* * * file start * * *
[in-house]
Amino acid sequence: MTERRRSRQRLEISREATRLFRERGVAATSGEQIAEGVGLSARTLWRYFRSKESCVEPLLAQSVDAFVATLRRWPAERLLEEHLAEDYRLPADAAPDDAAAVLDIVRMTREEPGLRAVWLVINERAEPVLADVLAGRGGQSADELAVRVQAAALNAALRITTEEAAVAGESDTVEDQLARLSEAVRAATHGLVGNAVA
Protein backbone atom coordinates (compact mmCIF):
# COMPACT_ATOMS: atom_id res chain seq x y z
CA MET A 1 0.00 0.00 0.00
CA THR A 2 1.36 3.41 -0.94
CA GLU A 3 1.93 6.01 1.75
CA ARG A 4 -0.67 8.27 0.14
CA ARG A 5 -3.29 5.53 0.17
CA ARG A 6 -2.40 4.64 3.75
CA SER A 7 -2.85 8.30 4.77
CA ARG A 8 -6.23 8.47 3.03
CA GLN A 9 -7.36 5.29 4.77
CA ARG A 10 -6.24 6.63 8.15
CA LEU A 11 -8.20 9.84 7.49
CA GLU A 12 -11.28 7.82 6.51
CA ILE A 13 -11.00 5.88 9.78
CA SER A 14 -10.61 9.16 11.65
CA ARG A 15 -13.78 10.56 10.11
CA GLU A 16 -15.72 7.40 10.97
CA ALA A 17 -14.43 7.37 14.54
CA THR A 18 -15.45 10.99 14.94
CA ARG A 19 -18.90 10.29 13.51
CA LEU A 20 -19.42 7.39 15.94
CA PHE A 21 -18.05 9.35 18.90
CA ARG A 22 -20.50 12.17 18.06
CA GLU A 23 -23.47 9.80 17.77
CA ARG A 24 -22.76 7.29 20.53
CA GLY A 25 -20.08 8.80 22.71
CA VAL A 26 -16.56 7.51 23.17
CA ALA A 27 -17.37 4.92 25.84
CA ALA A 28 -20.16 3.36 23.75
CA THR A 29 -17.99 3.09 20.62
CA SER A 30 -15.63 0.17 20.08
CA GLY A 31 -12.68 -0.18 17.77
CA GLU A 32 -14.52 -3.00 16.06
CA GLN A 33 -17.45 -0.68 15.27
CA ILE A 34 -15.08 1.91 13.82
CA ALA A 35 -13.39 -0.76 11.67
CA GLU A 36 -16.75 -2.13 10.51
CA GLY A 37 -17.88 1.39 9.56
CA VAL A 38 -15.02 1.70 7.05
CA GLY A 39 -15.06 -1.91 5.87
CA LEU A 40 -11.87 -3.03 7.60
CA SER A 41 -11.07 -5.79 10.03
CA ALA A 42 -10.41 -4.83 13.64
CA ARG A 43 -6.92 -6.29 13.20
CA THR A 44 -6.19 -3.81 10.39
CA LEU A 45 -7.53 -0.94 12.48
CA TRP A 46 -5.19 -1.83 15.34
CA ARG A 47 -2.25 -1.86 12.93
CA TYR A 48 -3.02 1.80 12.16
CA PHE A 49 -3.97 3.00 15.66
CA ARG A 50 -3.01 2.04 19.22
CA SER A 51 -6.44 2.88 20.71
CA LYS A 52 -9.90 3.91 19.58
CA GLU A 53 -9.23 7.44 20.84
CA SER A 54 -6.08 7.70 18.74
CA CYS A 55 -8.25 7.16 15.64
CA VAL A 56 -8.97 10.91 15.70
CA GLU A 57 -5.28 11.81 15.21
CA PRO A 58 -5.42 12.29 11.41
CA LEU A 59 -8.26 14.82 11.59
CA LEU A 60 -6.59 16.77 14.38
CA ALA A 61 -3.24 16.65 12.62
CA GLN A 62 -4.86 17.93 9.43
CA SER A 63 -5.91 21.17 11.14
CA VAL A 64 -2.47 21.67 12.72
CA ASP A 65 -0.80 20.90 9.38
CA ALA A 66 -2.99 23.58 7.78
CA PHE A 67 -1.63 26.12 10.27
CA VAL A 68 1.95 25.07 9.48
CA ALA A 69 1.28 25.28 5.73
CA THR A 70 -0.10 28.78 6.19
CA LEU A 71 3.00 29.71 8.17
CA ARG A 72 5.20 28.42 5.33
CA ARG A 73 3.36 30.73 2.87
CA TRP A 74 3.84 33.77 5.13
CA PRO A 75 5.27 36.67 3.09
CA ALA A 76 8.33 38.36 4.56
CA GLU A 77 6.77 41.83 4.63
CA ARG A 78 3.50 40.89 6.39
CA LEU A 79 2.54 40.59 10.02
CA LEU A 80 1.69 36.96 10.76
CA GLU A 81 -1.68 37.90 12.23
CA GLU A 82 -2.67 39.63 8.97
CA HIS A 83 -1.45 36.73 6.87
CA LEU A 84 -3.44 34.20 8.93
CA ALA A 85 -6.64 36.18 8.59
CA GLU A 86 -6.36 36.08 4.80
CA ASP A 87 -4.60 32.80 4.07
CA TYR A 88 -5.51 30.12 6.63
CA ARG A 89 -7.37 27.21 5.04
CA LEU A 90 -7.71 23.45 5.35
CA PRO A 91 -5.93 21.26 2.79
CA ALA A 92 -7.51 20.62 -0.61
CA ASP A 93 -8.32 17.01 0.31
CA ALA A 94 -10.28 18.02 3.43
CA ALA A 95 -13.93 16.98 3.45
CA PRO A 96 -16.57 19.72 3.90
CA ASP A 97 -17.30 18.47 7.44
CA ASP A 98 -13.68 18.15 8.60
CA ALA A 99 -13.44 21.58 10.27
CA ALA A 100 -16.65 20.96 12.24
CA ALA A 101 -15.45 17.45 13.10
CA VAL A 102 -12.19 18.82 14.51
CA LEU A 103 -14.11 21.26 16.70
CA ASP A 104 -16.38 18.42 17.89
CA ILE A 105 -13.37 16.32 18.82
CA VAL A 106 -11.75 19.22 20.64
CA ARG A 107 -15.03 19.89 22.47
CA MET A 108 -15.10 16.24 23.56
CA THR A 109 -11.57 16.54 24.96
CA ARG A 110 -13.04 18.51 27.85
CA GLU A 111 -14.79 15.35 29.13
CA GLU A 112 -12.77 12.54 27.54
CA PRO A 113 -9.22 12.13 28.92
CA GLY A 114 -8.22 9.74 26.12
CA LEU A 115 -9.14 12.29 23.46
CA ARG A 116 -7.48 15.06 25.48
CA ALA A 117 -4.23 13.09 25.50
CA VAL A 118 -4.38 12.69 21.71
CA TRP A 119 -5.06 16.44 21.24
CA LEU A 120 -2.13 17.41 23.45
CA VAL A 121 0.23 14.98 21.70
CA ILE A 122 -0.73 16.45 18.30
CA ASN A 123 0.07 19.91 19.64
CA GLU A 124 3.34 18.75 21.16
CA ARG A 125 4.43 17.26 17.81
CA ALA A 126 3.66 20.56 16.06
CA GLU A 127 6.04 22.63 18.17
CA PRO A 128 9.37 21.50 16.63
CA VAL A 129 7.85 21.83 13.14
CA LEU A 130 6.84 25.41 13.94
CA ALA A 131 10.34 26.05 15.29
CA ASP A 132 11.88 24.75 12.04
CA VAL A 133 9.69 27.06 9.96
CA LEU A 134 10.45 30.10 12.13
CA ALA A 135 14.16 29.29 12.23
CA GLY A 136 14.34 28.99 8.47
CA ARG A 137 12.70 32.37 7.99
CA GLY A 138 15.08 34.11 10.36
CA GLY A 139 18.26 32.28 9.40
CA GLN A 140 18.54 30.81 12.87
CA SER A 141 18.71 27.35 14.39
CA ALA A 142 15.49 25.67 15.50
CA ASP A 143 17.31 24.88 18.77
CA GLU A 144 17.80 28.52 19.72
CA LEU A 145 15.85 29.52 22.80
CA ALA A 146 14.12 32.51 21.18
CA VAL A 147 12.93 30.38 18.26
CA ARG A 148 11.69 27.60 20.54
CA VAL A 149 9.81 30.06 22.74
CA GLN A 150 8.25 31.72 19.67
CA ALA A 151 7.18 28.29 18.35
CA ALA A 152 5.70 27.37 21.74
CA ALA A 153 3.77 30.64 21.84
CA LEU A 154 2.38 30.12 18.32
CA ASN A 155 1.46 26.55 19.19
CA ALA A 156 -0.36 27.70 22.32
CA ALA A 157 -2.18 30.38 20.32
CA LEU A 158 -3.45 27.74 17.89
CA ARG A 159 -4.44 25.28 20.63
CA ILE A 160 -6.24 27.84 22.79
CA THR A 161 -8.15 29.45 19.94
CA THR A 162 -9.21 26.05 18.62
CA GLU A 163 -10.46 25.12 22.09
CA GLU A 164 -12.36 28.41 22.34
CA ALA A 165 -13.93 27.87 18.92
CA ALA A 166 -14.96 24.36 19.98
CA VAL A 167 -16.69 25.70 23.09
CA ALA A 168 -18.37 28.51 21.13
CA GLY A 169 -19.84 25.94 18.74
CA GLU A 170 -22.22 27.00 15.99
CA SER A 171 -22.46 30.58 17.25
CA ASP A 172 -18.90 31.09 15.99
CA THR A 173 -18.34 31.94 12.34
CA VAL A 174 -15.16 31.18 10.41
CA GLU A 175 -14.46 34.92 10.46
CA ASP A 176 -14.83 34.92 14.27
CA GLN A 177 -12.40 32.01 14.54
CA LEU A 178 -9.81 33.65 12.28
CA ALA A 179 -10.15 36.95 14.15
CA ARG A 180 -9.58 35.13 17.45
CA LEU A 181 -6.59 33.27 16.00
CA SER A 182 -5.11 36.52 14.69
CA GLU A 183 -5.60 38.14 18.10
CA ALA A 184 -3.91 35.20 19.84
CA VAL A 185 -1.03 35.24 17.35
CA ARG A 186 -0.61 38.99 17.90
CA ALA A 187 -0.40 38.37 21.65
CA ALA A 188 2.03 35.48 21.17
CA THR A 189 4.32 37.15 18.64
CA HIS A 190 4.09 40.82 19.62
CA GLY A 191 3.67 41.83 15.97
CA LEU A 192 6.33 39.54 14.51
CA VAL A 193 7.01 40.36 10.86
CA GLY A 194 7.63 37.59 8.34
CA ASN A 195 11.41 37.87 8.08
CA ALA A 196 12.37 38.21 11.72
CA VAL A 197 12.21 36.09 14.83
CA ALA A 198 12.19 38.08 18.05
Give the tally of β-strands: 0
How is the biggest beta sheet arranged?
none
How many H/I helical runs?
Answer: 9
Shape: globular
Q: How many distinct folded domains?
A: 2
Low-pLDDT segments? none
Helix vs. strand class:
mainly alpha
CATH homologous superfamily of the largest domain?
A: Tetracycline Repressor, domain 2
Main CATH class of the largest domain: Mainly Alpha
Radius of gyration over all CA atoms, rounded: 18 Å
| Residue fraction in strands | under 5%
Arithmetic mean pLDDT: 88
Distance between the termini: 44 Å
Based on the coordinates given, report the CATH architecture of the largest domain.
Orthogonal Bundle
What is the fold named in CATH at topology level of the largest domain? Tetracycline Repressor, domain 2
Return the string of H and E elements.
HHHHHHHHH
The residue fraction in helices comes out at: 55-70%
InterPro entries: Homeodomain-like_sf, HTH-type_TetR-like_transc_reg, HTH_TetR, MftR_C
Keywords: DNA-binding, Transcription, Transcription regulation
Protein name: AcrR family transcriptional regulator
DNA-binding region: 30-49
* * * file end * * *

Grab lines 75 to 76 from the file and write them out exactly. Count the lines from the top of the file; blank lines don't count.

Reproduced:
CA LEU A 71 3.00 29.71 8.17
CA ARG A 72 5.20 28.42 5.33